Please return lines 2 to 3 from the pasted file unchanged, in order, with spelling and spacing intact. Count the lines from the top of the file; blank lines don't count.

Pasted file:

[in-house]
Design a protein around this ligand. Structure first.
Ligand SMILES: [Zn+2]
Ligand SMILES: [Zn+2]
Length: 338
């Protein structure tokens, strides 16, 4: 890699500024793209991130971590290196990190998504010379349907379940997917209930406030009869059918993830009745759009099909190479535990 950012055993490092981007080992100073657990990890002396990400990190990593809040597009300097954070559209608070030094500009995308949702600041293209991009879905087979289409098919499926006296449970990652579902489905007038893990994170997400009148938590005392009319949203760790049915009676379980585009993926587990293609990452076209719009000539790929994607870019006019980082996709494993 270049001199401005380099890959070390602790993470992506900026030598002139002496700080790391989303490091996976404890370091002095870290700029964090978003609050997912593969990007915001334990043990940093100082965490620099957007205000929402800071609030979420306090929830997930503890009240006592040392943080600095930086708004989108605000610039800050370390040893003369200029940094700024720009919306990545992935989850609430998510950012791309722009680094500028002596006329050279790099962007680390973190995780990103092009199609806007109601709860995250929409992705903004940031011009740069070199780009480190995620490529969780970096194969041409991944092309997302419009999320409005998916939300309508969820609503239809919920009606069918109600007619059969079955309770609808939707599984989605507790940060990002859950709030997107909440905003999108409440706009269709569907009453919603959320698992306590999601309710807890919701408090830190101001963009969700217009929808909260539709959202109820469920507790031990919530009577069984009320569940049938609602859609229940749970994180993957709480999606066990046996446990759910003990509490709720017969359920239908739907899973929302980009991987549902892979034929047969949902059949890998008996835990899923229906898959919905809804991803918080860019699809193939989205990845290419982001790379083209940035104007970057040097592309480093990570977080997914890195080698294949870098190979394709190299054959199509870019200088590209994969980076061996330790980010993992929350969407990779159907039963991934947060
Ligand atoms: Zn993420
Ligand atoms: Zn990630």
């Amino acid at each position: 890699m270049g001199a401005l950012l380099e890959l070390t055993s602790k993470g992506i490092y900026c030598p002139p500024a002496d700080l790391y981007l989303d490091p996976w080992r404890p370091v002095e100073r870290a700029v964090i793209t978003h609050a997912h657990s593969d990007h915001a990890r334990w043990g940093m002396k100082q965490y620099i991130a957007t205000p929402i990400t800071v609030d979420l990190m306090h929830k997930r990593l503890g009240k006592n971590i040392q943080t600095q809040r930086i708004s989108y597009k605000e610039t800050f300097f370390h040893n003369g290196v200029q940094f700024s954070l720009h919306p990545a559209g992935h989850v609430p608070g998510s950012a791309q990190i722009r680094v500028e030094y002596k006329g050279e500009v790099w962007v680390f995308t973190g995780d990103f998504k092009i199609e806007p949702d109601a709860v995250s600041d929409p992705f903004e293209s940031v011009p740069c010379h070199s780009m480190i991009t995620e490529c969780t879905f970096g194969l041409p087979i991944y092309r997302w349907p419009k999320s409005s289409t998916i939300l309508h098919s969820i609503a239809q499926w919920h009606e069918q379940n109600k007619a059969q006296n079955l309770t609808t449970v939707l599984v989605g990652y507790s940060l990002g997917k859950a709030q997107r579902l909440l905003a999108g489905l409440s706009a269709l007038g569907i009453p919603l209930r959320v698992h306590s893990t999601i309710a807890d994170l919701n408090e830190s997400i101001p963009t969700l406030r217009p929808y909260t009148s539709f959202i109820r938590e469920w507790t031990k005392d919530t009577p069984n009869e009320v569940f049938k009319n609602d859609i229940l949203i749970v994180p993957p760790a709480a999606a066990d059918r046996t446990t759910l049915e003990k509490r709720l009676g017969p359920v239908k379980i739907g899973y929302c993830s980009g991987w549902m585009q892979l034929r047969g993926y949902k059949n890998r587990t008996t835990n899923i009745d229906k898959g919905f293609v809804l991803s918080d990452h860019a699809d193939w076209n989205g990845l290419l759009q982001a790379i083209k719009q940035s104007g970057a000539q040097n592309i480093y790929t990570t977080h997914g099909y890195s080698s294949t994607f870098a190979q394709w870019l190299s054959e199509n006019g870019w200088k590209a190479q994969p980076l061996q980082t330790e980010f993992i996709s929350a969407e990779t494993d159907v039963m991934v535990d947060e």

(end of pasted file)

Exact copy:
Design a protein around this ligand. Structure first.
Ligand SMILES: [Zn+2]